News Release
Date: May 15, 2012
Contact: Mia Ro, PIO
Number: 954-660-4602

Twelve Indicted on Cocaine Distribution Conspiracy Charges
--Cocaine, Guns, Cash, Vehicles Seized, 10 From Panama City Area--  

MAY 15 (Panama City, FL) – A federal Grand Jury returned a 15 count second superseding indictment today charging 12 with numerous narcotic and gun offenses. The indictment was announced by Mark R. Trouville, Special Agent in Charge, U.S. Drug Enforcement Administration, Miami Field Division, and Pamela C. Marsh, United States Attorney for the Northern District of Florida.

The indictment charges that Freddie Lee Christopher Knowles, IV (26), Candis Marshae Walker (24), John Jerome Fagin (29), Christopher Mathis (36), Willie James Morgan (34), Willie Lamar Potter (27), Vincent M. Brown (38), Jimmie Lee Aikens, Jr. (26), Jason Apollo Broxton (33), and Troy Anthony Coleman (24), all from the greater Panama City area, along with David Isaac Rucker (23), from Jackson, Mississippi, and Tommy Chin Van Duong (25), of Jacksonville, Florida, were involved in a conspiracy to distribute at least five kilograms of cocaine throughout Florida and elsewhere. The indictment further alleges that the conspiracy began as early as January 1, 2011, and continued until the most recent arrests were made on May 2, 2012.

During the arrests and execution of numerous search warrants, investigators seized over 5 kilograms of cocaine, in excess of $150,000, eight firearms, and seven vehicles.

Trial is currently set for June 25, 2012, at 8:30 a.m. If convicted at trial, all twelve defendants face up to life in prison, at least 5 years of supervised release, and up to a $10,000,000 fine on the conspiracy charged in the indictment.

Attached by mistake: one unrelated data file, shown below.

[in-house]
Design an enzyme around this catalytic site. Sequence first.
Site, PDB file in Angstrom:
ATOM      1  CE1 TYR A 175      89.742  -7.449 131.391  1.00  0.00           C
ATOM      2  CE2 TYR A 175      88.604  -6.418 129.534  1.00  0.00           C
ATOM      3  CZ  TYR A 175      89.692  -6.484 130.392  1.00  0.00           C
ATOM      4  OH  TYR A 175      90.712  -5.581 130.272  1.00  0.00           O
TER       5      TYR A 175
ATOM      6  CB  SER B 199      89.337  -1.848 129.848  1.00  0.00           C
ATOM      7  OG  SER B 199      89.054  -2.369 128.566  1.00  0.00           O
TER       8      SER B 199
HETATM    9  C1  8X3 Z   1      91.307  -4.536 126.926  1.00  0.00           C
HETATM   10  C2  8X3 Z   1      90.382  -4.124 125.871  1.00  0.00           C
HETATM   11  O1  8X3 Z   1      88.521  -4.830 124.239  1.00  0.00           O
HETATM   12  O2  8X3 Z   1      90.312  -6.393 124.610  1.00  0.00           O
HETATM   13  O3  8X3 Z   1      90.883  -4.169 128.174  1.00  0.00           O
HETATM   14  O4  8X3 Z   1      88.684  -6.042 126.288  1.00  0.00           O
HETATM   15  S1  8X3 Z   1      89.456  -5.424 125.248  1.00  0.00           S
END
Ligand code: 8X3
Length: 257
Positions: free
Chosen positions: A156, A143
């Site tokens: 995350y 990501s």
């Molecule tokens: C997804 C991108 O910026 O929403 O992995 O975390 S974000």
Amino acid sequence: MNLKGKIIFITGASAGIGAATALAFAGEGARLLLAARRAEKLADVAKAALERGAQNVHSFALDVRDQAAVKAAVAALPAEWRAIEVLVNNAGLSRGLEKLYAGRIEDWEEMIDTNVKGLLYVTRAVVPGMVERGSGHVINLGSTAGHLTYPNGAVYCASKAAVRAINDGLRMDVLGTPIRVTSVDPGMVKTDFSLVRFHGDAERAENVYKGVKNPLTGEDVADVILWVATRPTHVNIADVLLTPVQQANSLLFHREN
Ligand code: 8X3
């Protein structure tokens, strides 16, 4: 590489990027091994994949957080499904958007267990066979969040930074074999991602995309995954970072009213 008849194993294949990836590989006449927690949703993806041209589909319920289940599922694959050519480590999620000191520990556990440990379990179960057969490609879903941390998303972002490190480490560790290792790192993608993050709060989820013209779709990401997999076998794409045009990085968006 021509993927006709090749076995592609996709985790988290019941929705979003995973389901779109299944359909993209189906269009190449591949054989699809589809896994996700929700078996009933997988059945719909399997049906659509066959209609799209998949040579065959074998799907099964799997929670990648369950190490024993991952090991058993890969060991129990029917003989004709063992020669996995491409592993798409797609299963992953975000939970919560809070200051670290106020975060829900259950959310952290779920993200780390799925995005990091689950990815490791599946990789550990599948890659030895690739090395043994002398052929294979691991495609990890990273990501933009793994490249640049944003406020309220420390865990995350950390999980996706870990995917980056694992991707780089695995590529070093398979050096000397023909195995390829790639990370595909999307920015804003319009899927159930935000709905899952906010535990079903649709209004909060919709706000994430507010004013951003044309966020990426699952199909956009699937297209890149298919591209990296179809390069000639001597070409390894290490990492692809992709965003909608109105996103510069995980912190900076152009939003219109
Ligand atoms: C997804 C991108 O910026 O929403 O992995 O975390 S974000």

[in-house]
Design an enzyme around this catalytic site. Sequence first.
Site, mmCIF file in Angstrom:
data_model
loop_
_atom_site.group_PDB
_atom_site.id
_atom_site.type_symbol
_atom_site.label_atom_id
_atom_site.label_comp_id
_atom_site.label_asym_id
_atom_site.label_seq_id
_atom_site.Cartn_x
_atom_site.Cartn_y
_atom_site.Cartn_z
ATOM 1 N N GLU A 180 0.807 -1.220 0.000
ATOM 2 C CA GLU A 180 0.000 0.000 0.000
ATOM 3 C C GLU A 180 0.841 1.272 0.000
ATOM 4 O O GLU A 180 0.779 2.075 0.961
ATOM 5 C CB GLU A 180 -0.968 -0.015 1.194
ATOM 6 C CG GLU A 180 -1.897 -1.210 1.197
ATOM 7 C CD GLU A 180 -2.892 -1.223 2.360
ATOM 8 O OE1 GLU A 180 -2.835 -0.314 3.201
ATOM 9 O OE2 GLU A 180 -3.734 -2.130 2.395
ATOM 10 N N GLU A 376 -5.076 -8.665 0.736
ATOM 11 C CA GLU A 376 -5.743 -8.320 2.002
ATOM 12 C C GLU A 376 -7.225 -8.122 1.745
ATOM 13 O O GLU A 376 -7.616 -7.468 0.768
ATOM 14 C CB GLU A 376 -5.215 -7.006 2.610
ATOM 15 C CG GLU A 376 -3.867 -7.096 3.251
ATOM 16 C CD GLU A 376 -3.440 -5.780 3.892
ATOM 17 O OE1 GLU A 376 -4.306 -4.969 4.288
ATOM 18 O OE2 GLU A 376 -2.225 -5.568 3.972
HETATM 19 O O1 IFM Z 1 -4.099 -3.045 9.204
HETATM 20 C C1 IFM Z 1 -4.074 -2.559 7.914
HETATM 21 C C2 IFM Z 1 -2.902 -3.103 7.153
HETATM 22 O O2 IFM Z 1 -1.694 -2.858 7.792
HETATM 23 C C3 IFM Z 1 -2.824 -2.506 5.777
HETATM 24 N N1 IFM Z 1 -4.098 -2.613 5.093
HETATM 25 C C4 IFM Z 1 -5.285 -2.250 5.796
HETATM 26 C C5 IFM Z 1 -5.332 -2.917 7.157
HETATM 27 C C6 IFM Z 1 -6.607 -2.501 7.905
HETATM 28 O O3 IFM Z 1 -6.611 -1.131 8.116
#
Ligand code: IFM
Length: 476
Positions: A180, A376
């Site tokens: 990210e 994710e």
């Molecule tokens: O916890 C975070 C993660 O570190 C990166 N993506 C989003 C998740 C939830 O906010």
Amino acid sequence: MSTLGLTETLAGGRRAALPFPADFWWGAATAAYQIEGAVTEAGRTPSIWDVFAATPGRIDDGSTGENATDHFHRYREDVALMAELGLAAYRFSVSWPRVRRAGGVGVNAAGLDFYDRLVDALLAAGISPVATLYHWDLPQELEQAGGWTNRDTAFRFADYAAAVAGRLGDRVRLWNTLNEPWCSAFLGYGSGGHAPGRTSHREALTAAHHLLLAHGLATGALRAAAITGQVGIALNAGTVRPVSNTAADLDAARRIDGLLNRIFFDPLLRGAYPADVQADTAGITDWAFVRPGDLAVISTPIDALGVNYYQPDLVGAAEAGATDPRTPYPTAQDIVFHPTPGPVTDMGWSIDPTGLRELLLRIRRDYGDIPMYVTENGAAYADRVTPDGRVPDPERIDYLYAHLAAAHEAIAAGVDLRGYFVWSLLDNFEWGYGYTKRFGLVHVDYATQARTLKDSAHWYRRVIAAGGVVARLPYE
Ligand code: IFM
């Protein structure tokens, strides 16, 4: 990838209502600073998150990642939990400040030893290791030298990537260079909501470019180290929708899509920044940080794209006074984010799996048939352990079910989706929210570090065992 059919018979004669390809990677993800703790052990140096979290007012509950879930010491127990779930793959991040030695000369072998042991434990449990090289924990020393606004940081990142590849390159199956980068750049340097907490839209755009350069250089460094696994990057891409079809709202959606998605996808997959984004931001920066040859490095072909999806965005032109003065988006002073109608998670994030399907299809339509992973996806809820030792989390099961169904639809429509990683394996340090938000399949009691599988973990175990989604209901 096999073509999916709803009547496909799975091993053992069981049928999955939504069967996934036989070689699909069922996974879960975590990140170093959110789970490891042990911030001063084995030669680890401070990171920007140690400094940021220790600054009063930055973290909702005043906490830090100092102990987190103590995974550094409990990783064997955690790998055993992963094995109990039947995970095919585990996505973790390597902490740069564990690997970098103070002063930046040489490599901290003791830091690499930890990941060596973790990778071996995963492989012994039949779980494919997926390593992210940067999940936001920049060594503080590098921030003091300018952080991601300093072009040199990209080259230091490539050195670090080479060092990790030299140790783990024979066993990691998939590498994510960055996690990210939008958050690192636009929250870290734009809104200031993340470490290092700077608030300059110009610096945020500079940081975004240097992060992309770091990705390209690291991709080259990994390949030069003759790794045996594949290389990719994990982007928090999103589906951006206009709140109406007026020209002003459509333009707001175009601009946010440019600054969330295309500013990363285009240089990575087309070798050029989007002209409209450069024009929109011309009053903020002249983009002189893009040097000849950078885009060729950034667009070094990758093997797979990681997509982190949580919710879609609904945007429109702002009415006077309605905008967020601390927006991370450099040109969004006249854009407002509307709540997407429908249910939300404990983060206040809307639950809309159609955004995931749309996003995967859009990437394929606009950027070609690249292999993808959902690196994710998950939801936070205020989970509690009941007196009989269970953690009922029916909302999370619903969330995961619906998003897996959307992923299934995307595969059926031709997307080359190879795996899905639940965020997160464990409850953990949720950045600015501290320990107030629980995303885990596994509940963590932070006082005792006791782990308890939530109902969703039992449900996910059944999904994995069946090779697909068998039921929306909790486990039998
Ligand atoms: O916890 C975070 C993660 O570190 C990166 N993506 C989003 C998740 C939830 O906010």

In a companion case stemming from the above investigation, Kenji Otashlamar Houston (28) and Octavia Levatt Lightfoot (26), both residents from the greater Panama City area, were indicted for misprision of a felony and are currently set for trial on July 9, 2012, at 8:30 a.m. If convicted, they each face up to three years in prison, up to one year of supervised release, and up to a $250,000 fine.

The indictment results from an investigation by agents of the U.S. Drug Enforcement Administration in Panama City and Jackson, the United States Bureau of Alcohol, Tobacco, Firearms and Explosives, U.S. Immigration and Customs Enforcement’s Homeland Security Investigations, the Florida Department of Law Enforcement, the Panama City Police Department, the Bay County Sheriff’s Office, and the Mississippi Highway Patrol.

An indictment is merely a formal charge by a grand jury that a defendant has committed a violation of federal criminal law. All defendants are presumed innocent unless and until the government proves their guilt beyond a reasonable doubt to the satisfaction of a jury at trial.